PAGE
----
One area of concern for the Timberwolves has been Love's inability to score against quality NBA post defenders, especially since he’s being asked to log such heavy minutes at the center position. In fact, the Wolves rarely feed Love on the block, as only 18% of his NBA possessions are coming in the form of post ups. Compare that with 33% of his offensive possessions last year at UCLA, and it becomes clear why Love's offensive numbers have been rather inconsistent this season. This lack of post touches has had a wider impact on his efficiency, decreasing his free throw attempts per game (9.2 per-40 to a still very solid 6.4 per game), something that hurts his scoring rate since he shoots about 80% from the charity stripe. Surprisingly, Love's tendency to play slightly off the block hasn't affected his offensive rebounding numbers since he moves well without the ball, attacks the glass with tenacity every chance he gets, and reads the ball extremely well off the rim.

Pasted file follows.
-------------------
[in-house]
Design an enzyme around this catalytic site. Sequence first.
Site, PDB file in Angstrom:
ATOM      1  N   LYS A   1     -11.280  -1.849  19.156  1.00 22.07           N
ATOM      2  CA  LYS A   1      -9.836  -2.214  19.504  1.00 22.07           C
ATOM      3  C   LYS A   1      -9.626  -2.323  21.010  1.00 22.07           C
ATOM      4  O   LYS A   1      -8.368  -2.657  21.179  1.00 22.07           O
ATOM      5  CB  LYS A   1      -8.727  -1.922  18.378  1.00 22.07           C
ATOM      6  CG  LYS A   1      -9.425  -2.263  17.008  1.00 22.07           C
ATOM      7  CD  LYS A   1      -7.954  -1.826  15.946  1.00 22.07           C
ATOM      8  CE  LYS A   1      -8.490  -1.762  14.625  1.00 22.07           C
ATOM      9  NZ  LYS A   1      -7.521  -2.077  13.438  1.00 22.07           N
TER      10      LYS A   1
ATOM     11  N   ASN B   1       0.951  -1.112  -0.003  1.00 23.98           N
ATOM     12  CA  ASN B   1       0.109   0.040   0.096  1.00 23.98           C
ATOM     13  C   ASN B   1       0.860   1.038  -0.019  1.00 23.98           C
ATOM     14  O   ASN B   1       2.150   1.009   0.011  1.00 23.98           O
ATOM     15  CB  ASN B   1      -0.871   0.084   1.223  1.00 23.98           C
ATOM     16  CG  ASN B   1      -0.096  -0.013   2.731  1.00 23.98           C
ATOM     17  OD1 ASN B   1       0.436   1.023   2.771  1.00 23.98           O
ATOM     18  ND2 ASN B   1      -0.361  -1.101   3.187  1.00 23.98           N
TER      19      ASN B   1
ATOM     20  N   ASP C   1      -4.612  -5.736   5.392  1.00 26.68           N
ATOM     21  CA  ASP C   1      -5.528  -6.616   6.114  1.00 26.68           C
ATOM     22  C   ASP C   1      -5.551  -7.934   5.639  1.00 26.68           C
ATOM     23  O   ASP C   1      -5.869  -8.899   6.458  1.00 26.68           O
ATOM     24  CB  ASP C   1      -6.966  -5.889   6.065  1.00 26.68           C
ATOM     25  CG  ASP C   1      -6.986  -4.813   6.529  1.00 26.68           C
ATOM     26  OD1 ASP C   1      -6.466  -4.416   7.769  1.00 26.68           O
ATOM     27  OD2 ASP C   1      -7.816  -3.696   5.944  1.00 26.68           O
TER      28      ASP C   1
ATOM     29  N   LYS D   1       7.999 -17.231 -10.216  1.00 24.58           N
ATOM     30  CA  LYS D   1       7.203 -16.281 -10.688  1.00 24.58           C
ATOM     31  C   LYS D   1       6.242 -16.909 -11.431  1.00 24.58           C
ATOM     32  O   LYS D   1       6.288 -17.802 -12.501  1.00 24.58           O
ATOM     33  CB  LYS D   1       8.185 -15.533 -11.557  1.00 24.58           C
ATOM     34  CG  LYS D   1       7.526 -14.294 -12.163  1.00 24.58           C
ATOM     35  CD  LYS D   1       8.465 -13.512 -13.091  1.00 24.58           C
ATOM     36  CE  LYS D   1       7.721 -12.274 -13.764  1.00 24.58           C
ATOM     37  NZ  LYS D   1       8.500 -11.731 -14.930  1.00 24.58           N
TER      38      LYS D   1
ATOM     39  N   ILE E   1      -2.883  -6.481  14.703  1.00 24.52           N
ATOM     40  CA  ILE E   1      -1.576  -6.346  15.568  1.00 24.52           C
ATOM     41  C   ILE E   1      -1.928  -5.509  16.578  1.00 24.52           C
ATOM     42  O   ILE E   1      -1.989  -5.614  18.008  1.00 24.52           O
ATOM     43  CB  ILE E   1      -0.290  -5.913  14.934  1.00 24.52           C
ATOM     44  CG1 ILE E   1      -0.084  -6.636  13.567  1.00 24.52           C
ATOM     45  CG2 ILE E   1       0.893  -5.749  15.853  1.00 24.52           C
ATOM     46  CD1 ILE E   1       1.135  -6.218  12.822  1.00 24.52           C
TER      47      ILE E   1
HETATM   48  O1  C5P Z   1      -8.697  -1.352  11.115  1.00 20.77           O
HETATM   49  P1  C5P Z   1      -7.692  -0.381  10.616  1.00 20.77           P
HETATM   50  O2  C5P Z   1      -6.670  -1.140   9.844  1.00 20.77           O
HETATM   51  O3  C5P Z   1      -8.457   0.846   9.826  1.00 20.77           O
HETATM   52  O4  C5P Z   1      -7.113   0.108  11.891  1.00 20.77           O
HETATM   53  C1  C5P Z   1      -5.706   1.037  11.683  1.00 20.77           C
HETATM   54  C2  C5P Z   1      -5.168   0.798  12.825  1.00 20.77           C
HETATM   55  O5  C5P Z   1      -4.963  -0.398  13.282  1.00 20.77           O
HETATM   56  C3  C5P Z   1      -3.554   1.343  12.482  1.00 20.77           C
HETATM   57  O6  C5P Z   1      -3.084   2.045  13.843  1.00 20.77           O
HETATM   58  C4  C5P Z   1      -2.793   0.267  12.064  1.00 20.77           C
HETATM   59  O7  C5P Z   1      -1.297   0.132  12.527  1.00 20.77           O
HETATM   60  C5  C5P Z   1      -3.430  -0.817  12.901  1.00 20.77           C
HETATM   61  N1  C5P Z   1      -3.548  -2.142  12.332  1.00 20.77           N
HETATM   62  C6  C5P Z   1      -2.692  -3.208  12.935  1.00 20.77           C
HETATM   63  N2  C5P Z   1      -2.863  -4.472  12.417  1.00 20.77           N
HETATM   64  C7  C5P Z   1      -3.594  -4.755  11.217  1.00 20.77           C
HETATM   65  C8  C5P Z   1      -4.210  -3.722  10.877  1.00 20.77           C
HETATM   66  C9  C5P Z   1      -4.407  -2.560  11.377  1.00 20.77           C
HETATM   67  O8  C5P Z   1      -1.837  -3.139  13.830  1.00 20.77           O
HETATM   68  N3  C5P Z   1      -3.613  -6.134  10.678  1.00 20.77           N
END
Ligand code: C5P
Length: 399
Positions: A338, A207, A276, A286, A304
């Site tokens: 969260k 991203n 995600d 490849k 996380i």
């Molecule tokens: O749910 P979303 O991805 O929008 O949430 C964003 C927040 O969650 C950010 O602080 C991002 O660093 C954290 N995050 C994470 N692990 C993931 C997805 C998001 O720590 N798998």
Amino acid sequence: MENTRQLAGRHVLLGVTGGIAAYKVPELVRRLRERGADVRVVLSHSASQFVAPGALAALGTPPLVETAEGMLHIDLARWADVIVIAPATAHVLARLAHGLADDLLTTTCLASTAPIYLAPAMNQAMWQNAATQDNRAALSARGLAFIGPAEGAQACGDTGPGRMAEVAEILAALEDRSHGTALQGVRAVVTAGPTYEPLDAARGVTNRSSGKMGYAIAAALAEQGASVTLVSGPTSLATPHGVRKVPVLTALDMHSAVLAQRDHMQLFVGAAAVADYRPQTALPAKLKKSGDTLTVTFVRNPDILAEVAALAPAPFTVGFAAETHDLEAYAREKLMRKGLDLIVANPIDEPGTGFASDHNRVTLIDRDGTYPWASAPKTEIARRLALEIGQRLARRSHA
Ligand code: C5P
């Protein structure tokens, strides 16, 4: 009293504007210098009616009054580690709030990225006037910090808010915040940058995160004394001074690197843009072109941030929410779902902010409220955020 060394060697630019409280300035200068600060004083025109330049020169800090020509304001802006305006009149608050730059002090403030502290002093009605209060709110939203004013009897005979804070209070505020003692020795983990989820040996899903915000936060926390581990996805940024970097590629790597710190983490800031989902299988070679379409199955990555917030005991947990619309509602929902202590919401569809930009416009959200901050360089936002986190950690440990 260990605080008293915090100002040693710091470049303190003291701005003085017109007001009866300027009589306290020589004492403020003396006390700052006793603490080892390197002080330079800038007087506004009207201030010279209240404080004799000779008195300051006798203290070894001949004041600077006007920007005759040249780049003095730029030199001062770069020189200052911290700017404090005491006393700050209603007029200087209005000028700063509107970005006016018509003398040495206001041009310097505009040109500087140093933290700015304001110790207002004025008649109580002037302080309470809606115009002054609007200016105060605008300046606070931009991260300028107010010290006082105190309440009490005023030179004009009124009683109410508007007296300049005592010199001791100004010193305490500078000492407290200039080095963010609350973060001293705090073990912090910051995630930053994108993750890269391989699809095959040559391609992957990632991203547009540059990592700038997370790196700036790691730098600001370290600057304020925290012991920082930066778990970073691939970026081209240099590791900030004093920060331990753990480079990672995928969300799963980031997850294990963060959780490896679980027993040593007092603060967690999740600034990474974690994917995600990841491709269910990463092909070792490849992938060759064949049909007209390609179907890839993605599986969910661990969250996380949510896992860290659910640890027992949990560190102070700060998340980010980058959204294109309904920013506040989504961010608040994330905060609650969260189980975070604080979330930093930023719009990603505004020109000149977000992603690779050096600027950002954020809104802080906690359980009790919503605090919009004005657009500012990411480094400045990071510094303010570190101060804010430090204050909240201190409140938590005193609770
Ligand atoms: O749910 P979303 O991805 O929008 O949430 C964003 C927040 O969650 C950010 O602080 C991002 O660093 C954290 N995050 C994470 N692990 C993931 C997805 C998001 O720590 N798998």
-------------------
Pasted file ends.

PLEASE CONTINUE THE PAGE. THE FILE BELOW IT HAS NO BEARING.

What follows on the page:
In instances where he does catch the ball inside with his back to the basket, Love prefers to operate over his left shoulder nearly three times as often as his right, almost always relying on a baby hook shot over his defender. Due to his lack of explosiveness and athleticism, Love struggles to finish many post attempts, and he is extremely susceptible to having his shot blocked by longer, more athletic weak side defenders. When he's at his best inside, Love utilizes a variety of crafty moves and fakes to gain position over his defender, and is able to finish with either hand at the rim. As we’ve observed, the transition from college to the NBA is absolutely massive for young big men. Considering Love’s basketball IQ, we expect him to improve his effectiveness in the post and make the proper adjustments to steer away from getting his shot blocked as frequently as he does.


Part Two: Rebounding & Athleticism

Then:

"Love is also a dominant rebounder on both ends of the court, using his massive frame to establish outstanding position and showing excellent timing and instincts in tracking down boards. His strength allows him to pull rebounds away from the opposition, and he does a great job sealing out his man."
- NCAA Weekly Performers--Freshman Edition, Part Two - 11/25/07

Now: